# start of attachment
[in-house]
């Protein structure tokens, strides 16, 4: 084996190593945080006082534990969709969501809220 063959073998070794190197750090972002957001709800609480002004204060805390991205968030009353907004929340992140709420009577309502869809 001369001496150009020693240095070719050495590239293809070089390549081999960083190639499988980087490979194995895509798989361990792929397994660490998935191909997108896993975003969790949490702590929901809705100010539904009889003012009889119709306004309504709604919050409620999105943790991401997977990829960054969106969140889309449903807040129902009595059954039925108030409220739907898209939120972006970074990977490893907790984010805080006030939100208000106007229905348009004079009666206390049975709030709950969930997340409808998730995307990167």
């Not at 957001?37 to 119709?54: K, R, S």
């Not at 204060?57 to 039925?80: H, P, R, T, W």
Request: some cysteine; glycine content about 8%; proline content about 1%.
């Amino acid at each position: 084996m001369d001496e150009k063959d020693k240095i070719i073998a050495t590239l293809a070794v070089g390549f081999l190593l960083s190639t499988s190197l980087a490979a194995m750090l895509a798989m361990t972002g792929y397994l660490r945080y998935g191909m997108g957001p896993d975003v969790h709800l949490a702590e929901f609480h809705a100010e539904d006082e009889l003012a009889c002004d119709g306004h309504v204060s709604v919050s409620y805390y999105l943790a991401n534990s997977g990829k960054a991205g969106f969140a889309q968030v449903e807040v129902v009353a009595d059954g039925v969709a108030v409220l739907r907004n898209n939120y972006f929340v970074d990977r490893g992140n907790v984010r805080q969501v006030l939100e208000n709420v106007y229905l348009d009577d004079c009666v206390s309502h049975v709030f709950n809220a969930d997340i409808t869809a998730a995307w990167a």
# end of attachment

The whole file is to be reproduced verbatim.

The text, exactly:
[in-house]
């Protein structure tokens, strides 16, 4: 084996190593945080006082534990969709969501809220 063959073998070794190197750090972002957001709800609480002004204060805390991205968030009353907004929340992140709420009577309502869809 001369001496150009020693240095070719050495590239293809070089390549081999960083190639499988980087490979194995895509798989361990792929397994660490998935191909997108896993975003969790949490702590929901809705100010539904009889003012009889119709306004309504709604919050409620999105943790991401997977990829960054969106969140889309449903807040129902009595059954039925108030409220739907898209939120972006970074990977490893907790984010805080006030939100208000106007229905348009004079009666206390049975709030709950969930997340409808998730995307990167």
């Not at 957001?37 to 119709?54: K, R, S």
């Not at 204060?57 to 039925?80: H, P, R, T, W």
Request: some cysteine; glycine content about 8%; proline content about 1%.
């Amino acid at each position: 084996m001369d001496e150009k063959d020693k240095i070719i073998a050495t590239l293809a070794v070089g390549f081999l190593l960083s190639t499988s190197l980087a490979a194995m750090l895509a798989m361990t972002g792929y397994l660490r945080y998935g191909m997108g957001p896993d975003v969790h709800l949490a702590e929901f609480h809705a100010e539904d006082e009889l003012a009889c002004d119709g306004h309504v204060s709604v919050s409620y805390y999105l943790a991401n534990s997977g990829k960054a991205g969106f969140a889309q968030v449903e807040v129902v009353a009595d059954g039925v969709a108030v409220l739907r907004n898209n939120y972006f929340v970074d990977r490893g992140n907790v984010r805080q969501v006030l939100e208000n709420v106007y229905l348009d009577d004079c009666v206390s309502h049975v709030f709950n809220a969930d997340i409808t869809a998730a995307w990167a």